J-Term 2022 Blog: Adventures up Machu Picchu
WMG/POL/MLA 675: The Role of Tourism and its Effect on Women and the Environment in Peru
January 20, 2022
Greetings from Peru! Our trip is slowly coming to an end, so I wanted to share a couple more exciting experiences with you all. Since the last blog, we have been busy exploring and learning about Peru’s cultural heritage and its mindblowing natural environment. We ended up staying in Ollantaytambo for quite some time, exploring the town and enjoying the market square.
We then took a train ride to Aguas Calientes for our Machu Picchu day! We learned that Machu Picchu is actually named after the mountain that lies out of sight in the cloud forest behind the ruins, so the mountain visible in all of the postcards is actually called Wayna Picchu.
On the second day in Aguas Calientes, we had the choice to go back to Wayna Picchu or Machu Picchu again or go on a 12 km jungle hike to a beautiful waterfall, which is what I chose to do. We admired the exotic flora and fauna while bathing in warm sunlight.
Next, we traveled to Cusco, the capital of the Incan Empire. We visited multiple archeological sites, including Saqsaywaman, Q’enqo, Tambomacha’y, and Pukapukara.
For lunch, we had a typical Peruvian meal of brocheta de Pollo (a chicken dish), chicha morada (a drink made out of purple corn), and choclo (large pieces of corn kernals).
One thing I’ve noticed about Peru is how dogs and cats are everywhere. Every town, every square, every street. Here is a cutie for reference. We were told not to pet them due to fleas and disease, but I would often give them a little greeting and wash me hands right after. I couldn’t resist!
Although we visited many sites throughout Cusco, I want to emphasize our visit to el templo del triunfo. It was a Catholic cathedral in the main square. What made it fascinating was the artwork inside. The majority of the paintings are anonymous because they didn’t want people to know they were by the local Quechua population. Therefore, artists would add special touches to their work to symbolize their culture. For example, Jesus usually wears a loincloth when on the cross, but representations of him in this cathedral have him wearing an ornate, colorful skirt of Incan tradition. Another example is, in The Last Supper, there is cuy (guinea pig) and local fruits on the table and often llamas are painted instead of traditional donkeys.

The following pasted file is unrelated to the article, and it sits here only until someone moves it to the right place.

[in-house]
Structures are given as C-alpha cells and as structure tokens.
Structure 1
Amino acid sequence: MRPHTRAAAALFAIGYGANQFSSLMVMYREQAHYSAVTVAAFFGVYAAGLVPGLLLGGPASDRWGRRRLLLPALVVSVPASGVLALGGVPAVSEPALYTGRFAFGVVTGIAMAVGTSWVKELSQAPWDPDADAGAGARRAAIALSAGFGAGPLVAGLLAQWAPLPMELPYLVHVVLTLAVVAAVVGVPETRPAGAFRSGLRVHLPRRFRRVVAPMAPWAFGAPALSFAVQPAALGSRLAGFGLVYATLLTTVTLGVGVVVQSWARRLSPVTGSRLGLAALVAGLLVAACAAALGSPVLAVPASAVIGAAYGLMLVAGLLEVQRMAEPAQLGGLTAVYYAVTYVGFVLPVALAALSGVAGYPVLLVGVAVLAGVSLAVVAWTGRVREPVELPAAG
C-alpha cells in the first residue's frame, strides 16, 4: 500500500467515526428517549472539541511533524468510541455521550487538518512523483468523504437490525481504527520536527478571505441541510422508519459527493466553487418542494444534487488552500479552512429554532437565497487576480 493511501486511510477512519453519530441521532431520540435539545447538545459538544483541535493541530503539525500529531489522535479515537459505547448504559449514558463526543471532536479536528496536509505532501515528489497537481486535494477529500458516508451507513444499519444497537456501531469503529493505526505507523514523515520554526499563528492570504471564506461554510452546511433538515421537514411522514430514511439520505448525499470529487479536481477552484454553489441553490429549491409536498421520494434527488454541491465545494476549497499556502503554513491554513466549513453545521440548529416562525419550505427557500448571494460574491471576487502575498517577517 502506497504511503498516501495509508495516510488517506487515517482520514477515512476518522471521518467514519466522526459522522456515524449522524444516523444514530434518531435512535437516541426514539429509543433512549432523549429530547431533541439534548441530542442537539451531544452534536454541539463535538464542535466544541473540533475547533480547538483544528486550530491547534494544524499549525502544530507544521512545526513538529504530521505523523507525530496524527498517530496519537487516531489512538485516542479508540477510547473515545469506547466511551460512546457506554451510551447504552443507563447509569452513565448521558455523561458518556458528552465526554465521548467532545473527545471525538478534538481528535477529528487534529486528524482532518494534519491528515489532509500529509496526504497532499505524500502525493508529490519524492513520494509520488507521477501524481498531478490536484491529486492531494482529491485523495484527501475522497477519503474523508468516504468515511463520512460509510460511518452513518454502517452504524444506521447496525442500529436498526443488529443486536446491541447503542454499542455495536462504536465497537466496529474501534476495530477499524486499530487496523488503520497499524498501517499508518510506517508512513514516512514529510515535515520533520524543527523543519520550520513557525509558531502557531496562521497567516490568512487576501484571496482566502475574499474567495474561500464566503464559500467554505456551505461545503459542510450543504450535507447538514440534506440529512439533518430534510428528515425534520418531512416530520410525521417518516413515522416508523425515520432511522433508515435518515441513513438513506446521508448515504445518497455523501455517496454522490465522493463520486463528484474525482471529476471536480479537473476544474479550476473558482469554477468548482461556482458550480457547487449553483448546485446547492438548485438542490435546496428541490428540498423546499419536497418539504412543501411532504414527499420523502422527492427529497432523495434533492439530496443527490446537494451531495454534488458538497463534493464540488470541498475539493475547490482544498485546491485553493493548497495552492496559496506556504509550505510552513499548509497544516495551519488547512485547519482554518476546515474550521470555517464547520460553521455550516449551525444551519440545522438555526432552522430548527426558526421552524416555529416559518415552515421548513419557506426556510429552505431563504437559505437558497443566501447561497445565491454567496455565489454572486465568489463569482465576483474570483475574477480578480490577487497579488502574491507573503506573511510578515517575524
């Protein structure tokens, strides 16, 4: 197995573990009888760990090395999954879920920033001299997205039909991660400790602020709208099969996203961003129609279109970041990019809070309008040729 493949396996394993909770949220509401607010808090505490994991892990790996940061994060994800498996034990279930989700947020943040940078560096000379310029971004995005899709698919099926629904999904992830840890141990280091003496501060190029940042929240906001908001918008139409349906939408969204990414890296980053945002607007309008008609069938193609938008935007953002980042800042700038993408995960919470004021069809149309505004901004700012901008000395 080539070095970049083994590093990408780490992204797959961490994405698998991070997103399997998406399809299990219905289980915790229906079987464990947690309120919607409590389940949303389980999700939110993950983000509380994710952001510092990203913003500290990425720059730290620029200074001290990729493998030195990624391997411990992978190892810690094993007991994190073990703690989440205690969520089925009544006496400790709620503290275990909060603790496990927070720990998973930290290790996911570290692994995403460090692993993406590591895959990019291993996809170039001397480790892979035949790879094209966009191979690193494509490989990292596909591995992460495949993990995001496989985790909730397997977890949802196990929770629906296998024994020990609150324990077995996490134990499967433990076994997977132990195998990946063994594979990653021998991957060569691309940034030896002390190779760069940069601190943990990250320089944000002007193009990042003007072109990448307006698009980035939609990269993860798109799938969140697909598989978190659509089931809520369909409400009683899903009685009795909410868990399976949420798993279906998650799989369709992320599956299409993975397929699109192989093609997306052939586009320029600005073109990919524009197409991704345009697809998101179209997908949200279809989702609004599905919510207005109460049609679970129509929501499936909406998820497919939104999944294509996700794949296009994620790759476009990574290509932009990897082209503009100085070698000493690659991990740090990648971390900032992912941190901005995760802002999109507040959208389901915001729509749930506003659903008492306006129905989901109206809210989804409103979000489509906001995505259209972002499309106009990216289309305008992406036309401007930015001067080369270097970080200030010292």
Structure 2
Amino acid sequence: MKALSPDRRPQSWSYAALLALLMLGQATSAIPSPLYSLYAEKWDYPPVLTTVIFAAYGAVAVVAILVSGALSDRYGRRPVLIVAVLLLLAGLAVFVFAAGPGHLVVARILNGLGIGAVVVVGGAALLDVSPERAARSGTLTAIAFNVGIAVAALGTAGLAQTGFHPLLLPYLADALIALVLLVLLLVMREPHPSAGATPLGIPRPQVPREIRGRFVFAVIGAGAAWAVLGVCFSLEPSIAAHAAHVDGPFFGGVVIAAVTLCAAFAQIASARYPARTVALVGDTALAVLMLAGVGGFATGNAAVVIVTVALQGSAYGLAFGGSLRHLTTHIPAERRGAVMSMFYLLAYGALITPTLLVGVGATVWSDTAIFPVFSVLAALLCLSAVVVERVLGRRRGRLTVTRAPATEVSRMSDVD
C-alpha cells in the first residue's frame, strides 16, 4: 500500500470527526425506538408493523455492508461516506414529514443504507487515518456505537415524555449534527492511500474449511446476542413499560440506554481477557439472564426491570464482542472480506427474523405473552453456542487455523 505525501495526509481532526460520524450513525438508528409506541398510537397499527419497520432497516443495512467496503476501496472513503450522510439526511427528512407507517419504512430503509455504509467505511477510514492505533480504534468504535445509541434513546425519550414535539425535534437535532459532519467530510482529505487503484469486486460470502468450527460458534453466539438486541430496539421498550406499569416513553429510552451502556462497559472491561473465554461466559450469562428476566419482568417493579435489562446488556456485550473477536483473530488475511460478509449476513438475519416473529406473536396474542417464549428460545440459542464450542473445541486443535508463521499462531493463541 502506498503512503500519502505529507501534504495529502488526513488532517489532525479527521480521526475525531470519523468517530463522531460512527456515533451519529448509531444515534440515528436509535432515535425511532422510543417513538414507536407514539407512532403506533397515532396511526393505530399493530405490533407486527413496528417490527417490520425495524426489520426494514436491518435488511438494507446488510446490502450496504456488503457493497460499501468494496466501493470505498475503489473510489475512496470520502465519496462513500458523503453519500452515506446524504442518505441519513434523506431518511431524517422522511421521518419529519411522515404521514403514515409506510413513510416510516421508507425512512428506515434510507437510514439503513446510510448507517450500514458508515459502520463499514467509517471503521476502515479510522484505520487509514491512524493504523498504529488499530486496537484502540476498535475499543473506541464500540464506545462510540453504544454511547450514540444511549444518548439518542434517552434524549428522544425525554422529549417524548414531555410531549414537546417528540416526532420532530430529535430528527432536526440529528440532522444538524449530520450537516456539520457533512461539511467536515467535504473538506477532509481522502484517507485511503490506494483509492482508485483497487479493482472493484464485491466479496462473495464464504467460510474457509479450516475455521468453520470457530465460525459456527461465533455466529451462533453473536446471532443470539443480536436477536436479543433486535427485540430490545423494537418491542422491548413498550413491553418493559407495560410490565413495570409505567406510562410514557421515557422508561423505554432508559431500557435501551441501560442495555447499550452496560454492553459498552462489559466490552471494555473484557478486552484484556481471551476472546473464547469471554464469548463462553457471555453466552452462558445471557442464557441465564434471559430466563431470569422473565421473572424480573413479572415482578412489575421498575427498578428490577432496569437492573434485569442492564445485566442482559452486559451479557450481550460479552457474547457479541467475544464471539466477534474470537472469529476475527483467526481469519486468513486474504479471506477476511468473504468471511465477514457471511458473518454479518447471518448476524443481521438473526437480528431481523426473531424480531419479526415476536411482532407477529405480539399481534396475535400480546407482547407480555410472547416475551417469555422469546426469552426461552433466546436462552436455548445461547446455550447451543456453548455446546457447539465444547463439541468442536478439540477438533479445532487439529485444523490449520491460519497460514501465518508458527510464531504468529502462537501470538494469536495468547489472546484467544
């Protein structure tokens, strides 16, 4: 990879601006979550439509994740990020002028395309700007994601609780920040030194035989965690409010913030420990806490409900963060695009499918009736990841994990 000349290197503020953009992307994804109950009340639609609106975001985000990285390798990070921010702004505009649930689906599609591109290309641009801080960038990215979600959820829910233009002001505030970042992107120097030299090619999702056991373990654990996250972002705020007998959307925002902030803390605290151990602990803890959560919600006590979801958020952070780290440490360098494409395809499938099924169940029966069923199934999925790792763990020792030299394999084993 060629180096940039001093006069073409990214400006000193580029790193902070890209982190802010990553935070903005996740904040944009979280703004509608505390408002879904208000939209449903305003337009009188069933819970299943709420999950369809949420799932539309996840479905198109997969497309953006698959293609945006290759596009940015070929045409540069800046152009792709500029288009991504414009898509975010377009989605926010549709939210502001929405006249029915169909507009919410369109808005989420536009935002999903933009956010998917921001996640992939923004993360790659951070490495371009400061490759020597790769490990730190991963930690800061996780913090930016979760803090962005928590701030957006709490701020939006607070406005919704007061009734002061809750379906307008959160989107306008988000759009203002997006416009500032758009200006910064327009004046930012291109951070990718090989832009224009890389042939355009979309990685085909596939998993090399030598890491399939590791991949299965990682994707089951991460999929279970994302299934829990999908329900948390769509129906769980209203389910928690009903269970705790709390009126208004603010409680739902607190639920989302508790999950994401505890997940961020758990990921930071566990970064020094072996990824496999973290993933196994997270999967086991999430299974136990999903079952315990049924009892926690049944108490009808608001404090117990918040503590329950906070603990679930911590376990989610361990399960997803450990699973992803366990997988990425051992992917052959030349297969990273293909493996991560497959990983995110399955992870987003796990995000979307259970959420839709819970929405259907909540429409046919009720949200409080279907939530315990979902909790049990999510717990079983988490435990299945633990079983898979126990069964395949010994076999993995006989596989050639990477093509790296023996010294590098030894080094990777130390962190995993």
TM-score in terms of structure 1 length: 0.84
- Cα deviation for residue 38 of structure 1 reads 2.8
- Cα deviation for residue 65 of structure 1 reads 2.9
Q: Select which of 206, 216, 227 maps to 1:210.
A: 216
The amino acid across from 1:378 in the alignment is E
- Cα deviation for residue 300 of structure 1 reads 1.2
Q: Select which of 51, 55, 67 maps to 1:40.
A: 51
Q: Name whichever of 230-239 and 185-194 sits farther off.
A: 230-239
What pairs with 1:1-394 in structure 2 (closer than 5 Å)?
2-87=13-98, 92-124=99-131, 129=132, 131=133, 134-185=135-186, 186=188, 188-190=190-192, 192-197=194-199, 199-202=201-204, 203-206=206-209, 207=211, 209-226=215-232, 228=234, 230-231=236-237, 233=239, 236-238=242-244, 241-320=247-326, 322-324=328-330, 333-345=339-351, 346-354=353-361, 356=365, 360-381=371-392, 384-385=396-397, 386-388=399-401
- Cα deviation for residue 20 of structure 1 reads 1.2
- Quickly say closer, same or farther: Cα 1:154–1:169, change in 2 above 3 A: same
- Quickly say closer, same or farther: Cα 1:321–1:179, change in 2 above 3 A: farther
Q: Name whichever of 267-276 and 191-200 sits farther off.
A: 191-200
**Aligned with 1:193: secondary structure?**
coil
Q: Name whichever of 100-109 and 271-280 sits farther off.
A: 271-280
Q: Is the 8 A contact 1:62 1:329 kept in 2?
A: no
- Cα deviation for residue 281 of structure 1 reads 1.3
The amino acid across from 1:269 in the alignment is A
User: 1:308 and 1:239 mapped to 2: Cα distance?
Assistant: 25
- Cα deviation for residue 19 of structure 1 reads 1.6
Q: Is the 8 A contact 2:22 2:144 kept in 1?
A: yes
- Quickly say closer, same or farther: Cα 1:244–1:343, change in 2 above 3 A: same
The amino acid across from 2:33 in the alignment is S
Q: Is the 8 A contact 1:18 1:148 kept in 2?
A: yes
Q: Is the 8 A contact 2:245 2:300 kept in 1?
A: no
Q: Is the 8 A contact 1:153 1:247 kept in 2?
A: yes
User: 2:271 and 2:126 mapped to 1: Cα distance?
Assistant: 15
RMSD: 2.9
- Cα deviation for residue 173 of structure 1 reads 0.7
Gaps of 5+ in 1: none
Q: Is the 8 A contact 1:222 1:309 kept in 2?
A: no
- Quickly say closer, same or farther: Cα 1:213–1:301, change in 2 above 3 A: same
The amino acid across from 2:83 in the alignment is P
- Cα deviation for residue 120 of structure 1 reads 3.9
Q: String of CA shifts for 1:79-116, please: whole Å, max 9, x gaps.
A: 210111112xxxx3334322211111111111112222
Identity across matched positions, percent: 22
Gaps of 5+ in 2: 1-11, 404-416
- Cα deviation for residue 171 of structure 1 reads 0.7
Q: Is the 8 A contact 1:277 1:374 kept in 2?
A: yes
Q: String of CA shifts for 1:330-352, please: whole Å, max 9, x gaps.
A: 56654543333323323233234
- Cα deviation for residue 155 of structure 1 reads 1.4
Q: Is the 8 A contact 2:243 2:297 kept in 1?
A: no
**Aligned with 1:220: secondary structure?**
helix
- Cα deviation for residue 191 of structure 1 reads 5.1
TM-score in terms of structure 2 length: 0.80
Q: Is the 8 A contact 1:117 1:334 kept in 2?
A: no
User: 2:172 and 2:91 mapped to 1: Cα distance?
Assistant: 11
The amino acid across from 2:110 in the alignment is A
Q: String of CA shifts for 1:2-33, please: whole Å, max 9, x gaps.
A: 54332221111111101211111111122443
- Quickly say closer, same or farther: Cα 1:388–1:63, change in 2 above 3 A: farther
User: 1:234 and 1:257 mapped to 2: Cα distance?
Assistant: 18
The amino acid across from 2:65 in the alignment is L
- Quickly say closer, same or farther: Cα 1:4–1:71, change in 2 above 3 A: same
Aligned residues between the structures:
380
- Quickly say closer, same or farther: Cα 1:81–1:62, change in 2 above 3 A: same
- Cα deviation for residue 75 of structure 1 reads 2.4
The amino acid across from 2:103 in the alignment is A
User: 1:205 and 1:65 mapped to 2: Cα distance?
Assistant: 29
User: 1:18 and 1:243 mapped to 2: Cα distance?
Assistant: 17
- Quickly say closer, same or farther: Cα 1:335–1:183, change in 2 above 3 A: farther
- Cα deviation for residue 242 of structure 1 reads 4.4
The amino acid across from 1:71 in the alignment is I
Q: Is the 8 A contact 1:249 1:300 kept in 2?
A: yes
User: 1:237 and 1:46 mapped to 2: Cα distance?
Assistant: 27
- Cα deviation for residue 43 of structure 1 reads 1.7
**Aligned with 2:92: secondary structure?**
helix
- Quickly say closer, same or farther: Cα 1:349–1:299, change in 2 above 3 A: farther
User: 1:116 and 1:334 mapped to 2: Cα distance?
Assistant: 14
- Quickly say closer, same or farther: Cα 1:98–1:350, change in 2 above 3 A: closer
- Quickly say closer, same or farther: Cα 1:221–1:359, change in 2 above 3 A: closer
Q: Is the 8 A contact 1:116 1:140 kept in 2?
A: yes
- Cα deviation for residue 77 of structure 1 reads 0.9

Another life-altering experience was when we met with the girls from Peruvian Hearts. This organization supports girls in their quest for higher education and provides resources like internet, house renovations, clothing, and other supplies to assist in that endeavor. The majority of these girls and their families are living below the poverty line yet express buckets of gratitude, perseverance, and strength. Hearing their stories was inspiring, and it truly shows how vital it is to educate women and how it benefits the entire society.
To wrap up this blog post and the nearing end of our journey, we visited and hiked up to Rainbow Mountain, Vinicunca. At the top, we were 16,000 feet above sea level, and let me tell you, the hike was not easy. With such thin air, I would walk 15 seconds and my lungs and heart would pump as though I had just run a 5K. Nausea, headache, and dizziness were common symptoms of the high altitude, but the views along the way made the pain worth it. The differing colors occur naturally due to minerals in the earth — amazing!
Thank you for following along with me as I shared our travels and memories of Peru. This J-Term study tour has had an impact on my outlook on life, and I am so privileged and grateful that I could be a part of it.
-Serena Richardson ’24
About the Peru Study Tour
THE TRAVEL DATES
Jan. 11-26, 2022
In this study tour, students will have the opportunity to examine the effects of tourism on multiple cultures within one country. The tour includes visits to the ancient Inca capital of Cuzco and the surrounding Sacred Valley, along with Machu Picchu. Ultimately this study tour will serve as an opportunity for students to examine how being “the other” may permanently change themselves, and provide a basis for them to understand their role as a global citizen.